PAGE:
ADME
Absorption, Distribution, Metabolism, and Excretion
DMSO
Dimethyl sulphoxide
PAMPA
Parallel artificial membrane permeation assay
FITC
Fluorescein isothiocyanate
GST
Glutathione-S-transferase
PBS
Phosphate-buffered saline
SE
Standard error
PI
Propidium iodide
NADPH
Nicotinamide adenine dinucleotide phosphate
Rpm
Rotations Per Minute
AUC
Area under the curve

Footnotes

Supporting Information Available: An experimental section including information on the chemical data for compounds (7a-7t and 11a-11c), NMR experiments, isothermal titration calorimetry assays, in vitro ADME studies and in vivo MTD mice studies. This material is available free of charge via the internet at http://pubs.acs.org.

References

1. Vaux DL, Korsmeyer SJ. Cell death in development. Cell. 1999;96:245–254. [PubMed]
2. Reed JC. Dysregulation of apoptosis in cancer. J Clin Oncol. 1999;17:2941–2953. [PubMed]
3. Johnstone RW, Ruefli AA, Lowe SW. Apoptosis: a link between cancer genetics and chemotherapy. Cell. 2002;108:153–164. [PubMed]
4. Reed JC. Apoptosis-based therapies. Nature reviews Drug discovery. 2002;1:111–121. [PubMed]
5. Reed JC. Molecular biology of chronic lymphocytic leukemia: implications for therapy. Seminars in hematology. 1998;35:3–13. [PubMed]
6. Adams JM, Cory S. The Bcl-2 protein family: arbiters of cell survival. Science (New York, N Y) 1998;281:1322–1326. [PubMed]
7. Gross A, McDonnell JM, Korsmeyer SJ. BCL-2 family members and the mitochondria in apoptosis. Genes & development. 1999;13:1899–1911. [PubMed]
8. Wang JL, Liu D, Zhang ZJ, Shan S, Han X, Srinivasula SM, Croce CM, Alnemri ES, Huang Z. Structure-based discovery of an organic compound that binds Bcl-2 protein and induces apoptosis of tumor cells. Proceedings of the National Academy of Sciences of the United States of America. 2000;97:7124–7129. [PubMed]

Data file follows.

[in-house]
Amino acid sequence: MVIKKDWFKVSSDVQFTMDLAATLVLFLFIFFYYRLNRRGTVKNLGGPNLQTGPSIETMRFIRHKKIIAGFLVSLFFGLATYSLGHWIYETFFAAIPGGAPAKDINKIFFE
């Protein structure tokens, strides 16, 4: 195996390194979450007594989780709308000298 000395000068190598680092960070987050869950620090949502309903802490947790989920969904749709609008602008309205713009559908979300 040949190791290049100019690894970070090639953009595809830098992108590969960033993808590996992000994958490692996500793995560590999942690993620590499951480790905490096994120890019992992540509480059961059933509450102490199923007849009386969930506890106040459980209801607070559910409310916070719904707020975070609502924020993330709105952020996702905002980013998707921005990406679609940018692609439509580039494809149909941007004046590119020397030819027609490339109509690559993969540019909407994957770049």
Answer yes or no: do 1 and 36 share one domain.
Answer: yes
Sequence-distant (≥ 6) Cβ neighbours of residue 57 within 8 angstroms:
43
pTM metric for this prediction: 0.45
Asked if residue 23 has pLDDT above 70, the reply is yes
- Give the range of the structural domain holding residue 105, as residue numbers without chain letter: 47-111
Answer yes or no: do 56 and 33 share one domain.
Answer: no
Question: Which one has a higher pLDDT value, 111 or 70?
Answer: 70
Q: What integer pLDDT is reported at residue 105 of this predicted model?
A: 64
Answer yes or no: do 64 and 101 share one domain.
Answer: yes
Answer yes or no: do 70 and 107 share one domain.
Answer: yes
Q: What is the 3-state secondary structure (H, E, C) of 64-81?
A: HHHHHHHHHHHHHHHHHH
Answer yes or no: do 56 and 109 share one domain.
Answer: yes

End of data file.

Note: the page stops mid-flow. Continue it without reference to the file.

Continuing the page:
9. Degterev A, Lugovskoy A, Cardone M, Mulley B, Wagner G, Mitchison T, Yuan J. Identification of small-molecule inhibitors of interaction between the BH3 domain and Bcl-xL. Nat Cell Biol. 2001;3:173–182. [PubMed]
10. Reed JC. Bcl-2 family proteins. Oncogene. 1998;17:3225–3236. [PubMed]
11. Reed JC. Bcl-2 family proteins: strategies for overcoming chemoresistance in cancer. Advances in pharmacology (San Diego, Calif) 1997;41:501–532. [PubMed]
12. Kitada S, Leone M, Sareth S, Zhai D, Reed JC, Pellecchia M. Discovery, characterization, and structure-activity relationships studies of proapoptotic polyphenols targeting B-cell lymphocyte/leukemia-2 proteins. Journal of medicinal chemistry. 2003;46:4259–4264. [PubMed]
13. Zhang M, Liu H, Guo R, Ling Y, Wu X, Li B, Roller PP, Wang S, Yang D. Molecular mechanism of gossypol-induced cell growth inhibition and cell death of HT-29 human colon carcinoma cells. Biochemical pharmacology. 2003;66:93–103. [PubMed]
14. Wang G, Nikolovska-Coleska Z, Yang CY, Wang R, Tang G, Guo J, Shangary S, Qiu S, Gao W, Yang D, Meagher J, Stuckey J, Krajewski K, Jiang S, Roller PP, Abaan HO, Tomita Y, Wang S. Structure-based design of potent small-molecule inhibitors of anti-apoptotic Bcl-2 proteins. Journal of medicinal chemistry. 2006;49:6139–6142. [PubMed]